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Reviews » Blu-ray Reviews » Out of Time (Special Edition) (Blu-ray)
Out of Time (Special Edition) (Blu-ray)
MVD Entertainment Group // PG-13 // October 30, 2018 // Region A
List Price: $29.95 [Buy now and save at Amazon]
Review by William Harrison | posted November 27, 2018 | E-mail the Author
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THE FILM:

I saw Denzel Washington's Out of Time in theaters back in October 2003 and then forgot about it for 15 years. It is certainly not a terrible movie, but it feels very much like the dated and overcooked early 2000s thriller that it is. Directed by Carl Franklin, who has only shot one movie since, Out of Time sees Washington play the chief of police in a fictional Florida Keys town. Chief Matthias Whitlock is divorcing detective Alex Diaz-Whitlock (Eva Mendes) and sleeping with the married Anne-Merai Harrison (Sanaa Lathan). When Harrison and her abusive husband Chris (Dean Cain) turn up dead, Whitlock becomes the beneficiary of Harrison's life insurance policy and the chief suspect in her murder. Mildly diverting and offering decent, if somewhat melodramatic, lead performances, Out of Time is neither a classic nor a disaster.

I would say the film might be more satisfying if the plot twists were not so heavily forecast, but that may be armchair quarterbacking. In its defense, I don't remember the twists being so obvious upon first viewing, but the decade-and-a-half between now and then may have sharpened my Spidey sense for silly plot points. In 2003, Washington was coasting by on films like John Q and Antwone Fisher after his stellar 1999-2001 lineup of The Hurricane, Remember the Titans and Training Day. His work in Out of Time is less impressive - and was no doubt less demanding - than his Alonzo Harris performance in Training Day that earned him an Oscar. The veteran actor appears to enjoy soaking up the sun and being in the company of several beautiful women here, and who can blame him? This is the perfectly serviceable kind of PG-13 thriller that ran in heavy rotation on cable channels during those years.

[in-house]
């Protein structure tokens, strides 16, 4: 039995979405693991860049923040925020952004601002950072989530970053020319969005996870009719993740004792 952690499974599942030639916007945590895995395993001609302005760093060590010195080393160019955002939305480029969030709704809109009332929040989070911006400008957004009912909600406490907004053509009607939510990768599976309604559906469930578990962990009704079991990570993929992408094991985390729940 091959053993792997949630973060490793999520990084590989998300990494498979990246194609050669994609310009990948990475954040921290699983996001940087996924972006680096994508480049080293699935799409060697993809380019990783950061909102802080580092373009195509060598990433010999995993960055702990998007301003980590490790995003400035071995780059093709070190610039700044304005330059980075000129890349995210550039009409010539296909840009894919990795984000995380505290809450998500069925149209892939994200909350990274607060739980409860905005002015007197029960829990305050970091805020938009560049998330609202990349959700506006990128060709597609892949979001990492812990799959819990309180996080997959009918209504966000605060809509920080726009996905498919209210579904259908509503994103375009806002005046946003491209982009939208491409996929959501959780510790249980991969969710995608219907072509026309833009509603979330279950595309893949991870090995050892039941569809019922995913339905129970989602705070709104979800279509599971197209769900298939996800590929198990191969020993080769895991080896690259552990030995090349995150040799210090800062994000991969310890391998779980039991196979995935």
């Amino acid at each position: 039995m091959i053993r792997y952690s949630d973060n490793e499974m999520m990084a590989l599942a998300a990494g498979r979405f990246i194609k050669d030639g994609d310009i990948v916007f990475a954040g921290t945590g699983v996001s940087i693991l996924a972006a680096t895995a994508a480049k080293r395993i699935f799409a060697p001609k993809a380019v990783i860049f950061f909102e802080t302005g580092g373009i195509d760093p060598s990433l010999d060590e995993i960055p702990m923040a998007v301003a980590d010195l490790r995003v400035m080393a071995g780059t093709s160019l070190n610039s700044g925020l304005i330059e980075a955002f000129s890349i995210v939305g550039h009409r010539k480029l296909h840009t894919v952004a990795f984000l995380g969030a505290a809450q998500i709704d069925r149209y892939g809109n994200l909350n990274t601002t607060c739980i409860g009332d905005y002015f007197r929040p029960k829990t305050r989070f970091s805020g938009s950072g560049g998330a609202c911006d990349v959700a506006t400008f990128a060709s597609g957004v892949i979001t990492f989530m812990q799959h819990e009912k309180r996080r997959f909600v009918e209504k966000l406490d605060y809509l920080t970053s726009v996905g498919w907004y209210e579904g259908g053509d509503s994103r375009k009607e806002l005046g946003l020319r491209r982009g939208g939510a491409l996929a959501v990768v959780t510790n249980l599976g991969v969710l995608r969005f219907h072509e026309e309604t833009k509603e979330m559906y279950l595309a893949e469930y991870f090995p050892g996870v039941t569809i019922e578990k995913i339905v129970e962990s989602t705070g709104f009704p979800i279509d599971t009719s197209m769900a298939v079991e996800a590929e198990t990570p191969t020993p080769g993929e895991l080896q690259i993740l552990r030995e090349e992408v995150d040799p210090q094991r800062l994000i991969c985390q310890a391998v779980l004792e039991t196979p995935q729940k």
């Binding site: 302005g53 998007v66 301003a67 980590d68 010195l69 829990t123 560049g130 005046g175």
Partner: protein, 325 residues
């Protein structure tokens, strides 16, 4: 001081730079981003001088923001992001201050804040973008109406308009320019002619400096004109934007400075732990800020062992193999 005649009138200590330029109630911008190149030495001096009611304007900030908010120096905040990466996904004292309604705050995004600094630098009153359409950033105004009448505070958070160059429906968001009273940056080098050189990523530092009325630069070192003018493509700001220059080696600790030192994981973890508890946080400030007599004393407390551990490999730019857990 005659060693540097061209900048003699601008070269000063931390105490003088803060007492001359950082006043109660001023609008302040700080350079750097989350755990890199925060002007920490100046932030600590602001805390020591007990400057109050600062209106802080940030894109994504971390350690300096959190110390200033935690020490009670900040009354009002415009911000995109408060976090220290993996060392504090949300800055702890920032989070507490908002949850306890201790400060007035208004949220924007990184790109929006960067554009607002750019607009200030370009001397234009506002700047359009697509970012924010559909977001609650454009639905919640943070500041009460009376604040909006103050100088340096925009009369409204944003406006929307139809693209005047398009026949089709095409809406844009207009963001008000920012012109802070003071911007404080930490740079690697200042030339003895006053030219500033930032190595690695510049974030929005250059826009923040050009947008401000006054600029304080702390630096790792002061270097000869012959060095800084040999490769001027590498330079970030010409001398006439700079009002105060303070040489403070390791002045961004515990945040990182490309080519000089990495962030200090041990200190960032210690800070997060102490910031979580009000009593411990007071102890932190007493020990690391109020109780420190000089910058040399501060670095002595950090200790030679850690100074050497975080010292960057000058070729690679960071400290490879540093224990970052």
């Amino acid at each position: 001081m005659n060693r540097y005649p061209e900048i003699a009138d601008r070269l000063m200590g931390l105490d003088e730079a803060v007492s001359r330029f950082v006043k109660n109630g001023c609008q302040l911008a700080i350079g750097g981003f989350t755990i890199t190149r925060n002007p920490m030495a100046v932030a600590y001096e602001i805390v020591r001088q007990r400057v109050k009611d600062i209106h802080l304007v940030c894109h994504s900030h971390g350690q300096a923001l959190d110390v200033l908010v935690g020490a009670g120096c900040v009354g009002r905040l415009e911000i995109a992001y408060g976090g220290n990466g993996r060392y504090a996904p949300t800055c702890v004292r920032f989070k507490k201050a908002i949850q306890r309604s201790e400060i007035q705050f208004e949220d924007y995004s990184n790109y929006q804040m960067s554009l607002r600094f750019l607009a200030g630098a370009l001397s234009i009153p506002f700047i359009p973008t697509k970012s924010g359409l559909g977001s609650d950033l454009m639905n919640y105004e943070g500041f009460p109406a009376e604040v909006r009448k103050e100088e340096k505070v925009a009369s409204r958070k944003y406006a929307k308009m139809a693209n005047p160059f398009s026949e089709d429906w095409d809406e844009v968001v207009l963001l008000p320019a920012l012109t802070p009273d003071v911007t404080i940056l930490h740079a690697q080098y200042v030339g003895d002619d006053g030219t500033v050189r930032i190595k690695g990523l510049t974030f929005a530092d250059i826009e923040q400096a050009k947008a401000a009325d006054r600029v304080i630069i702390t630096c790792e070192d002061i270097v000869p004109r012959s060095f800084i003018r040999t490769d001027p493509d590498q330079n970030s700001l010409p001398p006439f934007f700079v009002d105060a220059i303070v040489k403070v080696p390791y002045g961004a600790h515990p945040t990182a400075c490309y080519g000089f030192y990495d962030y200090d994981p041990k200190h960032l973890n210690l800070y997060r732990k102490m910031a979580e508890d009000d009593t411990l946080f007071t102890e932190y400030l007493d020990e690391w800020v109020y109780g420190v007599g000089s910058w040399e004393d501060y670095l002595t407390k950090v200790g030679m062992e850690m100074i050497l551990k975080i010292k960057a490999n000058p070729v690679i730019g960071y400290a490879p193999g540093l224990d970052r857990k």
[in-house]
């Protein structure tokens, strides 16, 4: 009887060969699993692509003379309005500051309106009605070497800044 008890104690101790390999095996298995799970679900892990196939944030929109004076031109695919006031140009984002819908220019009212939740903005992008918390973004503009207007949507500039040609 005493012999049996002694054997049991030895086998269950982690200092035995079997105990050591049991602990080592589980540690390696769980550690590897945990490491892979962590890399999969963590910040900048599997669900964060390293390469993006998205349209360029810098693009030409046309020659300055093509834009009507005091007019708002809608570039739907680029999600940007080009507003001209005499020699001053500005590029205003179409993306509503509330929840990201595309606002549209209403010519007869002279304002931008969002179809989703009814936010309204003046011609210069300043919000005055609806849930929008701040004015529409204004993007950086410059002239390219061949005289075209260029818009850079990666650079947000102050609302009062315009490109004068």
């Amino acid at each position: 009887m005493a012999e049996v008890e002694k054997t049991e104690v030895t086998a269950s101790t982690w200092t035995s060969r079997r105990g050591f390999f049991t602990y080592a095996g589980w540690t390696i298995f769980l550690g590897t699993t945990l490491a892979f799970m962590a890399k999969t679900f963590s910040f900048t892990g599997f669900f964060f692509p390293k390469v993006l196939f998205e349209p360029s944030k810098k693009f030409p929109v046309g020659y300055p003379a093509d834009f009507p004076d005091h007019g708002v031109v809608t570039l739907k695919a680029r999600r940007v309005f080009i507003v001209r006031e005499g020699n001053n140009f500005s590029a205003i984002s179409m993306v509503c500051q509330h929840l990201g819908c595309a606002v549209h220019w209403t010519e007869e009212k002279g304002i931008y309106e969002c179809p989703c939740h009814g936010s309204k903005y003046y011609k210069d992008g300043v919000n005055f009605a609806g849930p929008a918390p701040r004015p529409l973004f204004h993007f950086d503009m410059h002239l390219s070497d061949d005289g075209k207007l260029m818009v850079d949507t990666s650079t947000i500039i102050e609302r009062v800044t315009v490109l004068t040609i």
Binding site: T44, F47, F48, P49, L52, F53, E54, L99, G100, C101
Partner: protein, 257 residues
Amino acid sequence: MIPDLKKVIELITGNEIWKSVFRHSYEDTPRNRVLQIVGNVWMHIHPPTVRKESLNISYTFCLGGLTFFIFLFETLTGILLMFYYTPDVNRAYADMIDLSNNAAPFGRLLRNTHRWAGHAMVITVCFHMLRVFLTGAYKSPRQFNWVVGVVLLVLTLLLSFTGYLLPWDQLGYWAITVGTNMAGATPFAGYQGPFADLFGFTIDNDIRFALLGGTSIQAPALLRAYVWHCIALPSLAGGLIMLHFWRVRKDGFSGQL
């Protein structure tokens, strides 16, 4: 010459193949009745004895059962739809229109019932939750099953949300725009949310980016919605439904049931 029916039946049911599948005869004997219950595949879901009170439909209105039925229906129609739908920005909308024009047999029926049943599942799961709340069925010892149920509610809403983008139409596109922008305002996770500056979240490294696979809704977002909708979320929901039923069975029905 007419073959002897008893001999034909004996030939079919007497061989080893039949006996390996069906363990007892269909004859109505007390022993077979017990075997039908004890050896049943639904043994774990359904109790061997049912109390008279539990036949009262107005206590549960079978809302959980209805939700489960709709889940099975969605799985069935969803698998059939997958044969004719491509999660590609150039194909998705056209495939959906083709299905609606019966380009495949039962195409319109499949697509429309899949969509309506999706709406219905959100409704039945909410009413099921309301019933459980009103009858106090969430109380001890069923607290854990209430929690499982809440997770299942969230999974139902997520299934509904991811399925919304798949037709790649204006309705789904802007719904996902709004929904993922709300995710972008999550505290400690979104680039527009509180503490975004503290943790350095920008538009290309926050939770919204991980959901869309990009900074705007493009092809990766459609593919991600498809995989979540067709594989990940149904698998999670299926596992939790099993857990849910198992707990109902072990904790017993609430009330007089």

Before Harrison's house goes up in flames, she takes Whitlock to her doctor's appointment, where she finds out her cancer has returned and is likely incurable. She wants to keep up her ruse with the violent Chris, but Whitlock decides to steal cash from the evidence room to front several expensive last-ditch experimental treatments for Harrison. She never makes those appointments, and all signs point to Whitlock as being involved in her death. With the help of his drunken buddy Chae (John Billingsley), Whitlock tries to get out in front of his estranged wife's investigation of the homicides. Simultaneously, the Feds come looking for the money that was in evidence as part of a drug trafficking investigation, and Whitlock realizes it may be in the hands of Harrison's killer. There are a lot of secondary plot threads that weave into the main story, and, while all the back and forth interplay may sound complicated, David Collard's script is fairly blunt. That is not to say the thriller elements do not work, but they never hit with the force I hoped for.